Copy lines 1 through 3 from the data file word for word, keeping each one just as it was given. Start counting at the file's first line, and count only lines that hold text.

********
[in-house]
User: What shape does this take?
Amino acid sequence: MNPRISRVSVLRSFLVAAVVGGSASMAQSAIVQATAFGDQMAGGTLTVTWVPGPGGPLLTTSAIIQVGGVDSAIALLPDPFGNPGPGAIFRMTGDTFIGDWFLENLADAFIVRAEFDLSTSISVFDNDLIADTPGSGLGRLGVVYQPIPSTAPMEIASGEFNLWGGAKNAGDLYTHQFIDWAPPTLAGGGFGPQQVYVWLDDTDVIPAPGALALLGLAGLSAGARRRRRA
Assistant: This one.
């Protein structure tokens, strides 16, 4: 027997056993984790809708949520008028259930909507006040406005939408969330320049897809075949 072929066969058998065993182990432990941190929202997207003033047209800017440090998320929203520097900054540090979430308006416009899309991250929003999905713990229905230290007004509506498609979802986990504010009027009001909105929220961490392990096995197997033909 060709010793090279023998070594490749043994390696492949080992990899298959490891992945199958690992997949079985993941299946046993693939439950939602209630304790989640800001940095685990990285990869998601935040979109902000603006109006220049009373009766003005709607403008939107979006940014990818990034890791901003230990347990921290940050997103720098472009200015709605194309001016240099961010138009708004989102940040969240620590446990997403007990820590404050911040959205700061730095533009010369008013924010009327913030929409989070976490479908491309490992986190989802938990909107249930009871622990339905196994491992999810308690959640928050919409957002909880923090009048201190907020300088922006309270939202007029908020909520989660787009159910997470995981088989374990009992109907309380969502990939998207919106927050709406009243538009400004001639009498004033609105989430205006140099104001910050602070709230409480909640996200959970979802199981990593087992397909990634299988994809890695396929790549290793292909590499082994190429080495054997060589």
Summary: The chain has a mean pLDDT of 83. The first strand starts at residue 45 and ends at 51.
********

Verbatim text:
[in-house]
User: What shape does this take?
Amino acid sequence: MNPRISRVSVLRSFLVAAVVGGSASMAQSAIVQATAFGDQMAGGTLTVTWVPGPGGPLLTTSAIIQVGGVDSAIALLPDPFGNPGPGAIFRMTGDTFIGDWFLENLADAFIVRAEFDLSTSISVFDNDLIADTPGSGLGRLGVVYQPIPSTAPMEIASGEFNLWGGAKNAGDLYTHQFIDWAPPTLAGGGFGPQQVYVWLDDTDVIPAPGALALLGLAGLSAGARRRRRA